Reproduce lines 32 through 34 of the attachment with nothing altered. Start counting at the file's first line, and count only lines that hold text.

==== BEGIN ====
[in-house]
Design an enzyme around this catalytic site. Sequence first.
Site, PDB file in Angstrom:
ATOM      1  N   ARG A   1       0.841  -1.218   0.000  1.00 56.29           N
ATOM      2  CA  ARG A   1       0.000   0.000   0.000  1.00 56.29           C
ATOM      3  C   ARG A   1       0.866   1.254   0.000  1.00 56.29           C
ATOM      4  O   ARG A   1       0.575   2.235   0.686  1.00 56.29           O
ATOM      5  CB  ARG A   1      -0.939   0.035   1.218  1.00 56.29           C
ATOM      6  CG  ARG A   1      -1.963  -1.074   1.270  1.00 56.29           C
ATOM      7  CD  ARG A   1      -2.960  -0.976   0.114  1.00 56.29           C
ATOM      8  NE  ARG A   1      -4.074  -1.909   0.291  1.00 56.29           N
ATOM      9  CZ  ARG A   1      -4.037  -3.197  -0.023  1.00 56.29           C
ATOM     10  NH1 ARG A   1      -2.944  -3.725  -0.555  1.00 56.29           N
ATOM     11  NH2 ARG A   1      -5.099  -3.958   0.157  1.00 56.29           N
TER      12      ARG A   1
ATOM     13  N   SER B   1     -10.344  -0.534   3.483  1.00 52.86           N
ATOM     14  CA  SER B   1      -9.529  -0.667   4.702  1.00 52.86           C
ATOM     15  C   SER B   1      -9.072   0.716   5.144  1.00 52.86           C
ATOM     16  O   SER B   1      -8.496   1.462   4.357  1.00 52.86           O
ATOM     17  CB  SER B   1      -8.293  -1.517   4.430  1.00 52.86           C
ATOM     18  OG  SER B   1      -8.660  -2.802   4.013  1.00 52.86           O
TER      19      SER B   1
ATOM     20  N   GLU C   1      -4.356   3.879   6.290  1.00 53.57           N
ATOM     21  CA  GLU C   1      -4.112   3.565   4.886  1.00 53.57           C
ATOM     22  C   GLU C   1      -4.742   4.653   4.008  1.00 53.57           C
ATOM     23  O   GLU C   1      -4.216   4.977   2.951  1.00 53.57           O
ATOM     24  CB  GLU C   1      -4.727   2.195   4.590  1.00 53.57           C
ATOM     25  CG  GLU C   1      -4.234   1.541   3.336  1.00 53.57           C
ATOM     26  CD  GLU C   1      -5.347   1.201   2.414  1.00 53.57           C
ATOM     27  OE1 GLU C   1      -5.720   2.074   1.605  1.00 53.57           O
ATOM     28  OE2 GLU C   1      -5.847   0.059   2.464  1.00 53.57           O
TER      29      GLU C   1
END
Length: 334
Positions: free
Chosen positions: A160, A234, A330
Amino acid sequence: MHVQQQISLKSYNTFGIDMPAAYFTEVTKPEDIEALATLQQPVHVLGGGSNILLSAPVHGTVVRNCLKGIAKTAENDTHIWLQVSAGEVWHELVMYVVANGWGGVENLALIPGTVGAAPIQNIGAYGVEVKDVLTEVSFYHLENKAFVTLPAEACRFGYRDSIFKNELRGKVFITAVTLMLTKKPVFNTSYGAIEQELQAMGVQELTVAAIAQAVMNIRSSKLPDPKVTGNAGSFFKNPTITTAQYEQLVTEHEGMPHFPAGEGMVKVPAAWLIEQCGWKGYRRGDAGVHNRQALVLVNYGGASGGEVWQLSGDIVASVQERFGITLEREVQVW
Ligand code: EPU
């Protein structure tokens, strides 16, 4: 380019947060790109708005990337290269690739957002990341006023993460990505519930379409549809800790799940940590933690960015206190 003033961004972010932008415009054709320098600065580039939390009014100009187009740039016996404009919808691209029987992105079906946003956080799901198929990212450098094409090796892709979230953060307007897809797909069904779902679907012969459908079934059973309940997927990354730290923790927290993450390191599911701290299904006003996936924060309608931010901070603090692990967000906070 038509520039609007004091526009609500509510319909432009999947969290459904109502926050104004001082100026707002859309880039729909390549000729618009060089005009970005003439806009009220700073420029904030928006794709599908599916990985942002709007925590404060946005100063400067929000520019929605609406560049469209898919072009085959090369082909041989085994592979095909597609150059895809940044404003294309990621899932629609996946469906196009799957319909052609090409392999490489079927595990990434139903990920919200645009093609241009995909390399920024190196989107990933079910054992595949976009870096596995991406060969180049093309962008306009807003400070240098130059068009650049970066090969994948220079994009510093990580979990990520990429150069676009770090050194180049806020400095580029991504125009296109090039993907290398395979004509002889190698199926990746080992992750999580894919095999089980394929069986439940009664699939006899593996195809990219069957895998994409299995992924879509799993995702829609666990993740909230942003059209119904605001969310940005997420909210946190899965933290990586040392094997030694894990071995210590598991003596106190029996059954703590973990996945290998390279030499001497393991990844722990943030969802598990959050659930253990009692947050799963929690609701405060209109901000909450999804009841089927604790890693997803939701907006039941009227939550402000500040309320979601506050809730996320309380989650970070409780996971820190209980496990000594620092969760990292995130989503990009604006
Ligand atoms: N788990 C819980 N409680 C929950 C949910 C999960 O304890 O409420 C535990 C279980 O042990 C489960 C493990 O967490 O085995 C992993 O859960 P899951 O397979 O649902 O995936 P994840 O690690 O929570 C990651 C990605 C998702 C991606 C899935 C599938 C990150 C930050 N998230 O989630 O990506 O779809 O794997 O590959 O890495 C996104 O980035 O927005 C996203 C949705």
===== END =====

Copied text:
TER      29      GLU C   1
END
Length: 334